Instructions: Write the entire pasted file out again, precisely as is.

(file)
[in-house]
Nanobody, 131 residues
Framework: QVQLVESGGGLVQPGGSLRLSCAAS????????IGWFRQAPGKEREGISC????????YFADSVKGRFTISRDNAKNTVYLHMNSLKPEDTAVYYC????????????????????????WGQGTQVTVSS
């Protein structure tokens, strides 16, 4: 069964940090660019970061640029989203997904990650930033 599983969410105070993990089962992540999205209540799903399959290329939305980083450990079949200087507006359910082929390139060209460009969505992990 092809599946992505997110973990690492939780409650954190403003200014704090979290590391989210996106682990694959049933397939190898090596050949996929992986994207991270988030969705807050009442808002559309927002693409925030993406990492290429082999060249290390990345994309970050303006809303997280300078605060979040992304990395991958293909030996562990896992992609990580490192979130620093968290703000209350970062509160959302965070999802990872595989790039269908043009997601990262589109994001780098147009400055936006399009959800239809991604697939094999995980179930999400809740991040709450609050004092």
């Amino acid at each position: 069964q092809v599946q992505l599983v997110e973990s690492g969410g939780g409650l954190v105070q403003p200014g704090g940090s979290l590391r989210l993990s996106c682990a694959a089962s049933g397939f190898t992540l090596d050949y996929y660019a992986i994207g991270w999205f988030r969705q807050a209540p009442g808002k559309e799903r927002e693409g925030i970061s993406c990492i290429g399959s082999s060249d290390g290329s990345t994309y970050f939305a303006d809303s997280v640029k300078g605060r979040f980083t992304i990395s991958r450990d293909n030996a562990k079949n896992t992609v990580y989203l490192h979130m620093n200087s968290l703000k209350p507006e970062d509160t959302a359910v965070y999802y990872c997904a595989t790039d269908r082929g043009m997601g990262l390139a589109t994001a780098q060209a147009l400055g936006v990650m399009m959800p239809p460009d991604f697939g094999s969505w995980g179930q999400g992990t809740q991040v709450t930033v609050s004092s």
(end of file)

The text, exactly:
[in-house]
Nanobody, 131 residues
Framework: QVQLVESGGGLVQPGGSLRLSCAAS????????IGWFRQAPGKEREGISC????????YFADSVKGRFTISRDNAKNTVYLHMNSLKPEDTAVYYC????????????????????????WGQGTQVTVSS
């Protein structure tokens, strides 16, 4: 069964940090660019970061640029989203997904990650930033 599983969410105070993990089962992540999205209540799903399959290329939305980083450990079949200087507006359910082929390139060209460009969505992990 092809599946992505997110973990690492939780409650954190403003200014704090979290590391989210996106682990694959049933397939190898090596050949996929992986994207991270988030969705807050009442808002559309927002693409925030993406990492290429082999060249290390990345994309970050303006809303997280300078605060979040992304990395991958293909030996562990896992992609990580490192979130620093968290703000209350970062509160959302965070999802990872595989790039269908043009997601990262589109994001780098147009400055936006399009959800239809991604697939094999995980179930999400809740991040709450609050004092």
């Amino acid at each position: 069964q092809v599946q992505l599983v997110e973990s690492g969410g939780g409650l954190v105070q403003p200014g704090g940090s979290l590391r989210l993990s996106c682990a694959a089962s049933g397939f190898t992540l090596d050949y996929y660019a992986i994207g991270w999205f988030r969705q807050a209540p009442g808002k559309e799903r927002e693409g925030i970061s993406c990492i290429g399959s082999s060249d290390g290329s990345t994309y970050f939305a303006d809303s997280v640029k300078g605060r979040f980083t992304i990395s991958r450990d293909n030996a562990k079949n896992t992609v990580y989203l490192h979130m620093n200087s968290l703000k209350p507006e970062d509160t959302a359910v965070y999802y990872c997904a595989t790039d269908r082929g043009m997601g990262l390139a589109t994001a780098q060209a147009l400055g936006v990650m399009m959800p239809p460009d991604f697939g094999s969505w995980g179930q999400g992990t809740q991040v709450t930033v609050s004092s």